Steven Sims Wrestles with His Jonah Hill Complex in 41-Year-Old Virgin

Steven Sims has knocked up Sarah Marshall and feels super bad about it on DVD June 8th

The 41 Year Old Virgin Who Knocked Up Sarah Marshall and Felt Superbad About It is a new spoof comedy that sends up the Judd Apatow universe in loving tribute. A gross-out laugh fest with a bit of heart thrown in for good measure, this strange trip follows perpetual nerd Andy, a mid-life virgin who accidentally knocks up his first conquest and then has to deal with the repercussions. This 80 minute joke-a-thon runs through such memorable classics as The 40 Year Old Virgin, Knocked Up, and Superbad, giving each iconic moment from those particular hits a good swift kick in the nether regions. Directed by Craig Moss, The 41-Year-Old Virgin Who Knocked Up Sarah Marshall and Felt Superbad About It [WS] [Unrated] arrives on DVD June 8th.

Steven Sims plays a Jonah Hill doppelganger aptly named Jonah throughout the course of the film. And the DVD even contains a special look at the actor's struggles with his strong, nearly mirror-image resemblance to the popular comedic actor. In the short film Destroying Jonah Hill, Sims, a struggling actor and writer in his own right, sets out to tarnish Hill's image in the hopes of getting some of the roles Jonah has recently been nabbing for himself. We recently caught up with Sims to find out more about his film The 41 Year Old Virgin Who Knocked Up Sarah Marshall and Felt Superbad About It and his day-to-day battle with being a celebrity look-a-like. Here is our conversation:

Take me through a typical day in the life of Steven Sims. How difficult is it in this life to be a dead ringer for Jonah Hill?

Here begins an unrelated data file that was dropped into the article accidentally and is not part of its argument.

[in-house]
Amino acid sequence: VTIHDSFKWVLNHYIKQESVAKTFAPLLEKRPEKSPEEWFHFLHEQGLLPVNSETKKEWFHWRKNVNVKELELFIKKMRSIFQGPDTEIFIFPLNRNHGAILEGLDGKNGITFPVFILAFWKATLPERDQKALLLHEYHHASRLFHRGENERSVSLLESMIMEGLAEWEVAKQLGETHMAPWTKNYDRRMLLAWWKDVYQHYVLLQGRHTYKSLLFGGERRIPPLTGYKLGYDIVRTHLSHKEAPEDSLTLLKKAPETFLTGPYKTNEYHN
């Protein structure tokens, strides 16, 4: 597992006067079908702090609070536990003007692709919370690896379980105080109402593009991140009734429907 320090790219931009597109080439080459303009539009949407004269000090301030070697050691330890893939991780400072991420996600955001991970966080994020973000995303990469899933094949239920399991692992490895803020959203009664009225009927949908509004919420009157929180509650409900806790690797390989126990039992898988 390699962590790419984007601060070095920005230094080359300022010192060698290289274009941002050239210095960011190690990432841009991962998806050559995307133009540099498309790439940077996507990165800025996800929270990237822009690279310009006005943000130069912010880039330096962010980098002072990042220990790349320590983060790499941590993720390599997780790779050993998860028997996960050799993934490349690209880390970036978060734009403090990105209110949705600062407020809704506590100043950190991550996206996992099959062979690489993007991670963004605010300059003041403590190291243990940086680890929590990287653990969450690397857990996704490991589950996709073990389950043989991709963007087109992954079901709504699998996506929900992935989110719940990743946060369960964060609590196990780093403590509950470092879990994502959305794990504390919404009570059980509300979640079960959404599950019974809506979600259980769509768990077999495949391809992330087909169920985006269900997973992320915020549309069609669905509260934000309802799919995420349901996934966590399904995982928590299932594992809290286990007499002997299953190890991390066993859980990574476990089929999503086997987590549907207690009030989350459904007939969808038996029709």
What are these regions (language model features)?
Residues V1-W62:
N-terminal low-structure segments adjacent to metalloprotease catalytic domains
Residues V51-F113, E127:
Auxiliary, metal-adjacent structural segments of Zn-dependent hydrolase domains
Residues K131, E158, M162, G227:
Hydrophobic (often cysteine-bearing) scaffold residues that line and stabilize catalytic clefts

Steven Sims: (Laughs) I'm not going to lie. It has been pretty interesting and exciting. It is difficult. When I got to Los Angeles, I was doing more writing and directing. But I've worked my way into acting again. I acted as a kid. Literally, when I first got here, these billboards for Superbad started going up. My friends started noticing them. We all said it, "I look just like Jonah Hill!" At the time, I was really blown away. I thought, "What if my number one concentration in life was acting?" Which my career has evolved into at this point. And I thank Jonah Hill for that. But it's scary in a way. Especially coming from a comedy background. He is amazing on film. His movies are great. I felt like I got burned. I tried to take my best approach to it. I created a fictitious version of my life, and how I was dealing with this. Unfortunatly, I wanted to make a feature called Destroying Jonah Hill, but I wasn't able to. We made that short instead. And that led to the film you're going to see on Tuesday.

How strange does life get for you on a weekend like this, when Jonah is starring in a new movie and his face is once again plastered all over town? Does it get weird for you? Do you find yourself immersed in groupies? Do you take advantage of the situation?

Steven Sims: I lived through the summer of 2007. The summer of Superbad. That was a big summer. More people started to know who Jonah Hill was. Right now, we still look alike. Because Get Him to the Greek has all of these ads, where he has short hair. But in 2007, we looked even more alike. Everywhere I went. At a gas station, at the movies, people thought I was him. I went to see Superbad, and afterwards, people were coming up and shaking my hand. I've never taken advantage of it to the point where I got myself a lady friend. There is something wrong about that. It doesn't happen as much anymore. Not since our short film came out. And we have 41-Year-Old Virgin Who Knocked Up Sarah Marshall and Felt Superbad About It. People will still look at me funny. But I think they know there is a doppelganger out there. Either that, or they know him so well, they know not to come up to me. It used to happened all the time. But it switched over about a year ago. People now know me as "the guy that looks like Jonah Hill". I don't know if that's a good thing.